But many of Fuerst’s respondents said that it was not the high-rises that were the problem; it was the mismanagement and lack of services and support. Wood’s tenant selection regulations were replaced by a first-come, first-served policy. The projects became inhabited by the poorest of the poor, who were becoming increasingly unemployed and dependent on the insufficient social and community amenities. Management became neglectful of basic maintenance and often failed to enforce rules. Later attempts to experiment with tenant management were riddled with similar problems. Fuerst interviewed tenants who have lived in public housing for 40 years and who have, over the years, fought to make it better. Most were critical of the current mass demolition of public housing, the creation of scattered-site projects that isolate racial minorities and the new mixed-income gentrification developments. They all argued for a return to the original policies.

When Public Housing Was Paradise concludes with a discussion of the current dilemmas and policy alternatives available for a rebirth of public housing, and of issues raised by his interviewees, including housing design, race, geographic location and the importance of integrating sports, social clubs and church life into public housing. And while Fuerst points to some successful public-private partnerships that have worked in public housing (like the Long Grove House in Chicago), he does so only to illustrate that their management practices mirror those of the early CHA.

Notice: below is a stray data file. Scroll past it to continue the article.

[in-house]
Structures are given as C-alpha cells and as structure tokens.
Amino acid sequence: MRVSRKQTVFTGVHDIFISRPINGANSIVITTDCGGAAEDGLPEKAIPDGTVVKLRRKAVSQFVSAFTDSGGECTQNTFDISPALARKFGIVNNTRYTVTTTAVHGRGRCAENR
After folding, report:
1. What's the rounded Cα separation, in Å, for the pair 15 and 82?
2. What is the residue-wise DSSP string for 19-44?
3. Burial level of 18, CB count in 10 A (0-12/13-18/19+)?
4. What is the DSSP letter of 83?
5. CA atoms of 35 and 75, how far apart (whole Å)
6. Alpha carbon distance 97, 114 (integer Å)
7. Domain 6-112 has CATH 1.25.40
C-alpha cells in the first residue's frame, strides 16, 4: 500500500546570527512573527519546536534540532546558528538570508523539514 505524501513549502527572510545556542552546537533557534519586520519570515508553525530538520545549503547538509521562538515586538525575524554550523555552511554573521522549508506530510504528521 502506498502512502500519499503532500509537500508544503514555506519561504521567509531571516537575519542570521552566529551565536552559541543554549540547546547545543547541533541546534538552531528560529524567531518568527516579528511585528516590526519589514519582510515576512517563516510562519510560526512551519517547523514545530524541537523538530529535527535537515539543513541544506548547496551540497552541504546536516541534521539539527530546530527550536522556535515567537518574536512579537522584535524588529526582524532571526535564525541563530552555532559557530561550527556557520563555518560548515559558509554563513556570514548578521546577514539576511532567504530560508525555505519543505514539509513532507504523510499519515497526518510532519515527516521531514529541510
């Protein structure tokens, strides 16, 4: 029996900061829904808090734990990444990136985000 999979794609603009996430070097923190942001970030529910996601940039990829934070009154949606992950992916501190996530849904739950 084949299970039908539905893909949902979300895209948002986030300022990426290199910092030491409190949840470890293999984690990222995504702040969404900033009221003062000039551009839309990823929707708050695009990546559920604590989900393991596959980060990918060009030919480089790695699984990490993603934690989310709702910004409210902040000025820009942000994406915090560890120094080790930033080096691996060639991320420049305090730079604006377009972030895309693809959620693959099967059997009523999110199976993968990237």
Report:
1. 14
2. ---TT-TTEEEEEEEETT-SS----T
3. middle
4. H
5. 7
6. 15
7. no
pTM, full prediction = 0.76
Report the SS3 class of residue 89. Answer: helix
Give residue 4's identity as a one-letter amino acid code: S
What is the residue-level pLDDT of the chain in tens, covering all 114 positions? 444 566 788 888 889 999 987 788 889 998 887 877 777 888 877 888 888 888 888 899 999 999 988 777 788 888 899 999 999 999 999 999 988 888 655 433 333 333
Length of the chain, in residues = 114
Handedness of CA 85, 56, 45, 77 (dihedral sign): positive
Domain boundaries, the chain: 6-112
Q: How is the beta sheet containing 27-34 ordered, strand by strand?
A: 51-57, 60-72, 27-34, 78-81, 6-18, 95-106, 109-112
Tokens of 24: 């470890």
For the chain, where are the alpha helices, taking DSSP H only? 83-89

Fuerst argues for the rehabilitation of old buildings and the construction of new public housing, instead of subsidizing private developers to build mixed-income complexes that largely benefit non-poor residents. He knows that he is running against the political tide, but he is unfazed about being labeled a utopian dreamer. His book is a masterful work of social history that brings to light the dynamics that made the first three decades of Chicago public housing a successful enterprise, and reveals the common sense social policies that could make it so again.